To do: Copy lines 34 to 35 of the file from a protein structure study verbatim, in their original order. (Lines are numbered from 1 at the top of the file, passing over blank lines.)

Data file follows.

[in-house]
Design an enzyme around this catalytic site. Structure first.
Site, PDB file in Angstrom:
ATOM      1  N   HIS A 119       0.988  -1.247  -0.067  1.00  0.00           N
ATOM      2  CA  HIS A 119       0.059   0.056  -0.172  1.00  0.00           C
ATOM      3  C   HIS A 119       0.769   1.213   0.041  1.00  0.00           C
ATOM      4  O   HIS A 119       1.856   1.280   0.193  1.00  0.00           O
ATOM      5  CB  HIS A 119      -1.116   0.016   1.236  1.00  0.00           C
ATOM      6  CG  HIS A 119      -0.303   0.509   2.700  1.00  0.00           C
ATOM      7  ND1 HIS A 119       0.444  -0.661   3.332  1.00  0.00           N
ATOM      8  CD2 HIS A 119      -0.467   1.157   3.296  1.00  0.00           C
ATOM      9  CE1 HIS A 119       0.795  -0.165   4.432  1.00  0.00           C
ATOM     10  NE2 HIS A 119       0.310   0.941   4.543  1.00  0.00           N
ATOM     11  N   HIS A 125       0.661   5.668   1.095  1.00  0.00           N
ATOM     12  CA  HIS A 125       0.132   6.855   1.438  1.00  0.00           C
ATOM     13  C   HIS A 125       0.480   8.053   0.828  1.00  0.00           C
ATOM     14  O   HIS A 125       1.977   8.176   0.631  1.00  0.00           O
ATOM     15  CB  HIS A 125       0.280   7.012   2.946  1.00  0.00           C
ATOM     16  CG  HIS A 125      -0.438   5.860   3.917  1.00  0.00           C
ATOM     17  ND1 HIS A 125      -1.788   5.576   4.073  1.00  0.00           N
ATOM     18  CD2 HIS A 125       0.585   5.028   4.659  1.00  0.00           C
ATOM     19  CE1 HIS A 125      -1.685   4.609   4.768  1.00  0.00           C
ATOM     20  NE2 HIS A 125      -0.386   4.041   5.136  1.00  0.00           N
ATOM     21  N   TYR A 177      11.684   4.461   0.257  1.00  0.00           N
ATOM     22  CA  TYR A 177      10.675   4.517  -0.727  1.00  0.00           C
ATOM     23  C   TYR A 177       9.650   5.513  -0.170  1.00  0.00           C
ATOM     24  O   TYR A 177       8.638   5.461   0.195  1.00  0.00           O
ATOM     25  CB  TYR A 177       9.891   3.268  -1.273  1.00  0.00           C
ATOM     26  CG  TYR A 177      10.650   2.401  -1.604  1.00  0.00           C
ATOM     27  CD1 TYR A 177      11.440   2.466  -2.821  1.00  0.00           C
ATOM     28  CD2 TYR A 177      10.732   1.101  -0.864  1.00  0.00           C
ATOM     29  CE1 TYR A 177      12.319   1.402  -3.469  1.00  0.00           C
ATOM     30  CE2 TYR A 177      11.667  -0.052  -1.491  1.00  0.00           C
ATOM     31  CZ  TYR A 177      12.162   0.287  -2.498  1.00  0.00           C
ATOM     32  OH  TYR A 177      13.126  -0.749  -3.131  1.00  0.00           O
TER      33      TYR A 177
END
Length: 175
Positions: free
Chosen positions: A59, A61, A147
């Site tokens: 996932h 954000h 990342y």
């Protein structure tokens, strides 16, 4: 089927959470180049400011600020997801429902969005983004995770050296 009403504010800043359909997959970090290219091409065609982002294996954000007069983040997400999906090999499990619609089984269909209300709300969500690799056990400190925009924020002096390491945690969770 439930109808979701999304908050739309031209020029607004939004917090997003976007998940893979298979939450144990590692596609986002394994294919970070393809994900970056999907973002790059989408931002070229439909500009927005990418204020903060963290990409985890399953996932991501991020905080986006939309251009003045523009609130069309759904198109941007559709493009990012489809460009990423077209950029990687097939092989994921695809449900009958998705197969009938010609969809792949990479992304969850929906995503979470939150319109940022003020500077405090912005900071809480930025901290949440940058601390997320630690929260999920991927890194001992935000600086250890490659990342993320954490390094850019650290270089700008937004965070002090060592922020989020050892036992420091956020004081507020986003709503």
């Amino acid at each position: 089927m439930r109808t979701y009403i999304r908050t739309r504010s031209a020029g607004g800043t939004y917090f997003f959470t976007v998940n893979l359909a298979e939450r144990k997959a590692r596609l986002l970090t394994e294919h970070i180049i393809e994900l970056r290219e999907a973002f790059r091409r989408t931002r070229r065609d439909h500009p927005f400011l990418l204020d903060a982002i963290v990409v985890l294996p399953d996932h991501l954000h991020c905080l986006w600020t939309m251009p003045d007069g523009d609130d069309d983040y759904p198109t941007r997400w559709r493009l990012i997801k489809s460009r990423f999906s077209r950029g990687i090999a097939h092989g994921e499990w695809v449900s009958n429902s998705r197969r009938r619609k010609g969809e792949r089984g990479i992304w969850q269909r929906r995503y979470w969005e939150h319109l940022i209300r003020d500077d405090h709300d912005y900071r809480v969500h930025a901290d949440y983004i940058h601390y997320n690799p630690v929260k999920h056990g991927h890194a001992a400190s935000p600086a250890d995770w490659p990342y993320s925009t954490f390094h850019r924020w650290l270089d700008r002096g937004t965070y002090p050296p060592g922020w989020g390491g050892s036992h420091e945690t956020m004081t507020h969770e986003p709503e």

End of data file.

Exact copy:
ATOM     31  CZ  TYR A 177      12.162   0.287  -2.498  1.00  0.00           C
ATOM     32  OH  TYR A 177      13.126  -0.749  -3.131  1.00  0.00           O